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  • Writer's pictureAnthony Coyle-Dowling

A Guide To The EPC

What is an EPC?

The Energy Performance Certificate (EPC) is a report that provides information on

how energy-efficient your home is. Homes are rated from A-G, with A being the

most energy-efficient, and G being the least energy-efficient. When considering

selling your home, or letting it out, it is essential that you have a valid EPC before

you proceed.

How long is an EPC valid for?

EPCs are valid for ten years in England and Wales. It can also be beneficial to

update your EPC even if it is current.

Why should you consider updating a valid EPC?

A high-rating EPC is a useful selling tool. If your property has little to no insulation

and single-glazed windows, maybe an old boiler, or the home is heated with coal or

oil, it is likely to be close to a G rating. This would indicate to any potential buyers

that the property would likely be energy-inefficient and expensive to run.

A rating of A is given to highly energy-efficient homes. They will be well-insulated

and equipped with self-generating electricity, via solar panels or wind turbines for

example. Hot water obtained via these channels will help, and woodburners or

alternative biomass heating capabilites will also boost the rating. The more energy-

efficient the property, the cheaper it will be to run.

If you have made improvements which have substantially reduced your energy

consumption, such as improved insulation, new windows or a new heating system,

then it is worth considering getting a new EPC to reflect the changes. The higher

the rating, the more attractive the property is to buyers.

Should I get a new EPC if I own a rental property?

As of April 2018, any property intended to be let out to new tenants is required to

have an EPC with a rating of E or higher, by law. From 1 April 2020, the E rating

also affects residential properties with existing tenants and continual leases.

Failure to comply with these Minimum Energy Efficiency Standards (MEES) could

lead to a fine of up to £5000. For commercial buildings, the deadline is 1st April


Fortunately, an E rating should be fairly easy to achieve by ensuring the property is

equipped with any of the following:

  • Wall insulation

  • Double glazing

  • 600mm of insulation

  • Combi-boiler and gas central heating

There are less drastic ways to improve your energy efficiency, such as the

installation of low-energy lighting. Small improvements combined may boost your

rating by enough points to obtain the E.

An EPC will tell you exactly which areas of the property are energy-inefficient, and

it will also supply estimated costs for work that is recommended. For instance, if it

recommends different insulation, or low energy lighting, you will also receive an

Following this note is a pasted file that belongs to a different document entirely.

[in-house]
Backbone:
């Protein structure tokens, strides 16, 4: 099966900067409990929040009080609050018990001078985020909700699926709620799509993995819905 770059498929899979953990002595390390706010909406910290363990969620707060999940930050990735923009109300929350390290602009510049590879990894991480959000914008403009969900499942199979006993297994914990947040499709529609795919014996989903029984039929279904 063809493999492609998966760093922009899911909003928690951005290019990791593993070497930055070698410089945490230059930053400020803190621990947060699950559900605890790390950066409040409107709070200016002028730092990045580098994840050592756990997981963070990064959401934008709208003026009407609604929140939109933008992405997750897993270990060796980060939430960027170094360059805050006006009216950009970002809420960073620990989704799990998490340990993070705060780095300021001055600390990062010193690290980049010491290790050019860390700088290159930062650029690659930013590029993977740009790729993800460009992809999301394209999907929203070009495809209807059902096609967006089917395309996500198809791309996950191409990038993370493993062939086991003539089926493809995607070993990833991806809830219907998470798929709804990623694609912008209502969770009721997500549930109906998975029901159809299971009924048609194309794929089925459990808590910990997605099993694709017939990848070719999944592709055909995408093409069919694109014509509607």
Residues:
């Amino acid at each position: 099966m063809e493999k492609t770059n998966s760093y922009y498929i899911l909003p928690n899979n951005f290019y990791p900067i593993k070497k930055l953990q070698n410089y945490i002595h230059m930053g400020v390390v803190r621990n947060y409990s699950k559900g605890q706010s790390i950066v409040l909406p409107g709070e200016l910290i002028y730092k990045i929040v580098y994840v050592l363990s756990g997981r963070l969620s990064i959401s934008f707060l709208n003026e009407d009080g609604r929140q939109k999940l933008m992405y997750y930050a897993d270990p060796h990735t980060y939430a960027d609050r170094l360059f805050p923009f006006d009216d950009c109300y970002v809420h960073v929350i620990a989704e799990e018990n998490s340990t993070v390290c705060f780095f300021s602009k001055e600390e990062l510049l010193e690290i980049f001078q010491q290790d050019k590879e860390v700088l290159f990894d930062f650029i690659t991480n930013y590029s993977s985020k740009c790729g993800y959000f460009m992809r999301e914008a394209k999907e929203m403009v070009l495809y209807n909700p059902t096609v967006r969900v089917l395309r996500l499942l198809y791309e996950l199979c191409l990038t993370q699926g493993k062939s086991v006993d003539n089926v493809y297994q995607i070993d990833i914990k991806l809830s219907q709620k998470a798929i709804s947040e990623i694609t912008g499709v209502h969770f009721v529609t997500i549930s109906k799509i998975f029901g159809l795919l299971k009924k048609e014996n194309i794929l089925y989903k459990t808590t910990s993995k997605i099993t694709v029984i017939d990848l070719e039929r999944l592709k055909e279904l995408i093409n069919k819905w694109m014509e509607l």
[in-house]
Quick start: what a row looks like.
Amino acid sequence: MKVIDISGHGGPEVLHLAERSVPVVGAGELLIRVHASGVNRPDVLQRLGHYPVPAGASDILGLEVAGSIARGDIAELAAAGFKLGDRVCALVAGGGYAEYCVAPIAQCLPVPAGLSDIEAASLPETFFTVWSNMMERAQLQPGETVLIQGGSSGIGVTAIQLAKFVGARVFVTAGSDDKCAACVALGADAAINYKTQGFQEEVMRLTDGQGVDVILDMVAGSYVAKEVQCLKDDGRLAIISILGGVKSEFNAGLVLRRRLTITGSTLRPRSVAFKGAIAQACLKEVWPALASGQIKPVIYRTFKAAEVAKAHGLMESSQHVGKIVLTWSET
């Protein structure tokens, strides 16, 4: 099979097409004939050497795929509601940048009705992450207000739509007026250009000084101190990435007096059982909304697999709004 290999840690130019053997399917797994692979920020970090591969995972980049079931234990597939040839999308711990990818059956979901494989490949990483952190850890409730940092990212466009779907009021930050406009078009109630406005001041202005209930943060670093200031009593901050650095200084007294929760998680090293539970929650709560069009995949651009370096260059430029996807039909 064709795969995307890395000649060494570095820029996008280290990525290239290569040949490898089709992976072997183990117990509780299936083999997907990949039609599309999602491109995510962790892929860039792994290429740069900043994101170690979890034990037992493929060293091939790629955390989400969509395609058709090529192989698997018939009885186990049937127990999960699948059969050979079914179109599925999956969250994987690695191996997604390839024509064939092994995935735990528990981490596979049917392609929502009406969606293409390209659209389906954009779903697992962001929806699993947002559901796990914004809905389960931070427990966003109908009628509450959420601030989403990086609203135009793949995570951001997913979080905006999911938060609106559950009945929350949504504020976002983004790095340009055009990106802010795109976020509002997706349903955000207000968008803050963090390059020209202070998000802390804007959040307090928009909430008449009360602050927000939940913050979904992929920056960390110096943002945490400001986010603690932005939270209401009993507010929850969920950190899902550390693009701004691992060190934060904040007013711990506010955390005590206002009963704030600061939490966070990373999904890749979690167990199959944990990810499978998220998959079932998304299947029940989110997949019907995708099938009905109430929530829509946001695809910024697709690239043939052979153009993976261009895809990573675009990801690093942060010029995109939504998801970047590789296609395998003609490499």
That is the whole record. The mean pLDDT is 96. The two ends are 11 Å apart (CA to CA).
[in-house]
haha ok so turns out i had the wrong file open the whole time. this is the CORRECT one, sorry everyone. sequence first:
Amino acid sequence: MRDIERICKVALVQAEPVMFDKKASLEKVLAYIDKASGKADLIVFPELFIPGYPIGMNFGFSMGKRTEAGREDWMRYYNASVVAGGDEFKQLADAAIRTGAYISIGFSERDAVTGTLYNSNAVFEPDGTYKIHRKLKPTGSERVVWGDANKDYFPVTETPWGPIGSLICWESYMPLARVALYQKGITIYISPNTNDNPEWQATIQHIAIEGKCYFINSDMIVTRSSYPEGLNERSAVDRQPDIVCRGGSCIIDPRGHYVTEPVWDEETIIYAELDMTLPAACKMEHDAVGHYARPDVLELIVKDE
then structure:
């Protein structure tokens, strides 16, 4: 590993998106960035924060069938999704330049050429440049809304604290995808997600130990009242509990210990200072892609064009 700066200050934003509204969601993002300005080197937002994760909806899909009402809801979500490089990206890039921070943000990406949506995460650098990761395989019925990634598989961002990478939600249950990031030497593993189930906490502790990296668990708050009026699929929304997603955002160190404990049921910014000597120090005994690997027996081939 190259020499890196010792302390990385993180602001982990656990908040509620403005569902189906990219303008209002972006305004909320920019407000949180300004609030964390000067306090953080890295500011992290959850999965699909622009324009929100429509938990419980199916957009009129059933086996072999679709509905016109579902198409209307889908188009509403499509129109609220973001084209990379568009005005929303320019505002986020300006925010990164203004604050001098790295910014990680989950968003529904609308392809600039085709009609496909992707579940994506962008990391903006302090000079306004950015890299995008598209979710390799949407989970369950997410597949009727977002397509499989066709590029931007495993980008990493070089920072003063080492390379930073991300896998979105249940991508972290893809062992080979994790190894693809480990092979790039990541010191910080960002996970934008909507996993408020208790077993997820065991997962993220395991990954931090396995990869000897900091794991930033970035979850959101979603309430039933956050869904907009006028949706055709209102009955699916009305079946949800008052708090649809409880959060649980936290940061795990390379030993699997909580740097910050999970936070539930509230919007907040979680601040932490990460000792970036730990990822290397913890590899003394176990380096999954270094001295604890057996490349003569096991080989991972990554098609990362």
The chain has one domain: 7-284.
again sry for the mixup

estimation of how much it would cost to make the changes.

Once the energy-efficiency in your property has been sufficiently improved, you

will need to apply for a new EPC. Once the documentation is attained, you may let

your property.

What if I can't afford improvements?

There are some government schemes which offer grants to make homes more

energy-efficient, so it is worth checking if you qualify for those. These are

especially useful for awkward improvements such as insulating dormer windows.


You WILL need an EPC:

  • If you are buying, selling, or letting out a house, flat or another residential

  • property.

  • If you take your property off of the market for four weeks or more and the

  • EPC expires.

  • If your current EPC has expired.

You MAY need an EPC:

If you have a listed home. Some listed properties do not need EPCs but the rules

are very complex. It is safer to assume the property requires an EPC even if it is


You will PROBABLY need a commercial EPC:

If you are selling, letting out or constructing a commercial property. If the building

has separate accommodation it may also require a domestic EPC. Some commercial

properties are exempt (eg. industrial sites, workshops or non-residential

agricultural buildings if they have low energy-consumption).

You are UNLIKELY to need an EPC:

If the property is used for religious purposes, such as a place of worship.

You WON'T need an EPC:

  • For a park home (as long as it can be moved without significant

  • modification).

  • If you are selling land.

  • If you are letting out a room in your home and the lodger shares facilities.

  • If you are selling or letting a detached building with less than 50m² of floor

  • space.

  • If the property is being demolished by the seller or landlord (subject to the

  • relevant documentation and planning consent).

For more advice on anything property related, call Anthony on 07369 269627 today!

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